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J/A+A/613/A76  Relative radial velocities and K2 fluxes of K2-132 (Jones+, 2018)

A hot Saturn on an eccentric orbit around the giant star K2-132. Jones M.I., Brahm R., Espinoza N., Jordan A., Rojas F., Rabus M., Drass H., Zapata A., Soto M.G., Jenkins J.S., Vuckovic M., Ciceri S., Sarkis P. <Astron. Astrophys. 613, A76 (2018)> =2018A&A...613A..76J (SIMBAD/NED BibCode)
ADC_Keywords: Stars, double and multiple ; Exoplanets ; Radial velocities ; Photometry Keywords: techniques: radial velocities - planet-star interactions - planets and satellites: general Abstract: Although the majority of radial velocity detected planets have been found orbiting solar-type stars, a fraction of them have been discovered around giant stars. These planetary systems have revealed different orbital properties when compared to solar-type star companions. In particular, radial velocity surveys have shown that there is a lack of giant planets in close-in orbits around giant stars, in contrast to the known population of hot Jupiters orbiting solar-type stars. It has been theorized that the reason for this distinctive feature in the semimajor axis distribution is the result of the stellar evolution and/or that it is due to the effect of a different formation/evolution scenario for planets around intermediate-mass stars. However, in the past few years a handful of transiting short-period planets (P≲10-days) have been found around giant stars, thanks to the high-precision photometric data obtained initially by the Kepler mission, and later by its two-wheel extension K2. These new discoveries have allowed us for the first time to study the orbital properties and physical parameters of these intriguing and elusive substellar companions. In this paper we report on an independent discovery of a transiting planet in field 10 of the K2 mission, also reported recently by Grunblatt et al. (2017AJ....154..254G). The host star has recently evolved to the giant phase, and has the following atmospheric parameters: Teff=4878±70K, logg=3.289±0.004, and [Fe/H]=-0.11±0.05dex. The main orbital parameters of K2-132 b, obtained with all the available data for the system are: P=9.1708±0.0025d, e=0.290±0.049, Mp=0.495±0.007MJ and Rp=1.089±0.006RJ. This is the fifth known planet orbiting any giant star with a<0.1, and the most eccentric one among them, making K2-132 b a very interesting object. Description: Here we present relative radial velocity measurements and detrended and normalized photometric data of K2-132 used to detect the planet transits. These velocities were computed from FEROS and HARPS spectra, using the CERES pipeline (see Brahm et al. 2017PASP..129c4002B). The photometric data were obtained using our implementation of the EVEREST algorithm (Luger et al., 2016AJ....152..100L). Objects: ------------------------------------------------------ RA (2000) DE Designation(s) ------------------------------------------------------ 12 08 39.93 -08 44 49.7 K2-132 = EPIC 228754001 ------------------------------------------------------ File Summary:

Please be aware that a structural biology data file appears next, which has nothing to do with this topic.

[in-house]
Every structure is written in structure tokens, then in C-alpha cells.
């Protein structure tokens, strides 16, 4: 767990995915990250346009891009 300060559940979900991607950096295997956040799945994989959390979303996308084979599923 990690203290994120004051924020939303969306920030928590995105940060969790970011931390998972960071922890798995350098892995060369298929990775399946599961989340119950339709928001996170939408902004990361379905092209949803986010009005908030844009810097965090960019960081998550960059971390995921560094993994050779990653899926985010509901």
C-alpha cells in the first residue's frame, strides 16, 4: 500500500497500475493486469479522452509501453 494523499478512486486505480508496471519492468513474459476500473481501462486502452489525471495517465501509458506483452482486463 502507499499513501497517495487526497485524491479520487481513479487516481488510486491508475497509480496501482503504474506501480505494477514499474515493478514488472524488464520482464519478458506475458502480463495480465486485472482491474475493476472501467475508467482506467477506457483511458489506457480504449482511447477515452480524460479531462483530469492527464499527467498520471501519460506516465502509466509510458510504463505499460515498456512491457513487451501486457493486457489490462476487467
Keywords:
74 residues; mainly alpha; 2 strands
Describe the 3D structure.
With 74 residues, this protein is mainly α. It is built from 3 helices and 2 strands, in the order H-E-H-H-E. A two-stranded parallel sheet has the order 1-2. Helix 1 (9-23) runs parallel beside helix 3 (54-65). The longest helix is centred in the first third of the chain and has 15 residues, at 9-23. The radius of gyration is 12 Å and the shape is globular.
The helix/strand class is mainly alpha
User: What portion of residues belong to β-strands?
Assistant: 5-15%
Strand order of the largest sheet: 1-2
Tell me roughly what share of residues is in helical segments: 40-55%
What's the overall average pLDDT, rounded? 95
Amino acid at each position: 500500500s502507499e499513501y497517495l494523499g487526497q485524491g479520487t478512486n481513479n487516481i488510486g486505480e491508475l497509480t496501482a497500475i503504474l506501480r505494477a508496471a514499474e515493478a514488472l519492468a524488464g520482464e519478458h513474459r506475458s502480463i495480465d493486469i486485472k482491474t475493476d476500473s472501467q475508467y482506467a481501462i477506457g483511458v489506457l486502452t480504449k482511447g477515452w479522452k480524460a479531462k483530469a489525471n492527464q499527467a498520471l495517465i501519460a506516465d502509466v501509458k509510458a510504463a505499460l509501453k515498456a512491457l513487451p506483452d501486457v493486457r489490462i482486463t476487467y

FileName Lrecl Records Explanations
ReadMe 80 . This file table2.dat 34 13 Relative radial velocities of K2-132 table3.dat 23 2403 Detrended and normalized photometric data of K2-132
Byte-by-byte Description of file: table2.dat
Bytes Format Units Label Explanations
1- 13 F13.7 d BJD Barycentric Julian Date (BJD-2400000) 15- 21 F7.4 km/s RV Relative radial velocity 23- 28 F6.4 km/s e_RV 1sigma uncertainty in RV 30- 34 A5 --- Inst Instrument (HARPS or FEROS)
Byte-by-byte Description of file: table3.dat
Bytes Format Units Label Explanations
1- 13 F13.5 d BJD Barycentric Julian Date 16- 23 F8.6 --- Rflux Detrended K2 photometry (relative flux)
Acknowledgements: Matias Jones, mjones(at)eso.org
(End) Patricia Vannier [CDS] 12-Jun-2018
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